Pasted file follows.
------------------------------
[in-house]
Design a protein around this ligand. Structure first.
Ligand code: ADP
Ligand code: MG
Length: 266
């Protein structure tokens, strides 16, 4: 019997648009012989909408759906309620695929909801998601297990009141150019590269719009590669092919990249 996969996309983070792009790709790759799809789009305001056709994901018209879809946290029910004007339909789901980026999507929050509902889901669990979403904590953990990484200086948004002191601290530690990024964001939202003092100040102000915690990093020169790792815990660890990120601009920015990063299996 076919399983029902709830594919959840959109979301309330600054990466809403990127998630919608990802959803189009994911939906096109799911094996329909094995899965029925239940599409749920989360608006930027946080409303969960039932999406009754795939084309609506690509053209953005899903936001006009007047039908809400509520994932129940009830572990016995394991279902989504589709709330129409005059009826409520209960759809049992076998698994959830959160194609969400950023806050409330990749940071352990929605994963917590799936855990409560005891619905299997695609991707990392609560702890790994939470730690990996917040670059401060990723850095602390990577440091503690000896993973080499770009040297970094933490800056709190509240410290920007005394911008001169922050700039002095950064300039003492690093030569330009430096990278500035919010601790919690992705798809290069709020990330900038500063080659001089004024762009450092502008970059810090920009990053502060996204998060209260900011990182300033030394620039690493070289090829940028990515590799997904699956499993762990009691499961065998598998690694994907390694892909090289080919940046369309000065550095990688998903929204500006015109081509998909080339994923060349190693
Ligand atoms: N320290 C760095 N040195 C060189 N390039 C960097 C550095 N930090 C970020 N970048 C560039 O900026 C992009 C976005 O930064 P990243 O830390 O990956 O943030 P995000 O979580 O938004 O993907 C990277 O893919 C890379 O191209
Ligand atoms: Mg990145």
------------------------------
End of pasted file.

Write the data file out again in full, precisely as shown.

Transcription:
[in-house]
Design a protein around this ligand. Structure first.
Ligand code: ADP
Ligand code: MG
Length: 266
């Protein structure tokens, strides 16, 4: 019997648009012989909408759906309620695929909801998601297990009141150019590269719009590669092919990249 996969996309983070792009790709790759799809789009305001056709994901018209879809946290029910004007339909789901980026999507929050509902889901669990979403904590953990990484200086948004002191601290530690990024964001939202003092100040102000915690990093020169790792815990660890990120601009920015990063299996 076919399983029902709830594919959840959109979301309330600054990466809403990127998630919608990802959803189009994911939906096109799911094996329909094995899965029925239940599409749920989360608006930027946080409303969960039932999406009754795939084309609506690509053209953005899903936001006009007047039908809400509520994932129940009830572990016995394991279902989504589709709330129409005059009826409520209960759809049992076998698994959830959160194609969400950023806050409330990749940071352990929605994963917590799936855990409560005891619905299997695609991707990392609560702890790994939470730690990996917040670059401060990723850095602390990577440091503690000896993973080499770009040297970094933490800056709190509240410290920007005394911008001169922050700039002095950064300039003492690093030569330009430096990278500035919010601790919690992705798809290069709020990330900038500063080659001089004024762009450092502008970059810090920009990053502060996204998060209260900011990182300033030394620039690493070289090829940028990515590799997904699956499993762990009691499961065998598998690694994907390694892909090289080919940046369309000065550095990688998903929204500006015109081509998909080339994923060349190693
Ligand atoms: N320290 C760095 N040195 C060189 N390039 C960097 C550095 N930090 C970020 N970048 C560039 O900026 C992009 C976005 O930064 P990243 O830390 O990956 O943030 P995000 O979580 O938004 O993907 C990277 O893919 C890379 O191209
Ligand atoms: Mg990145």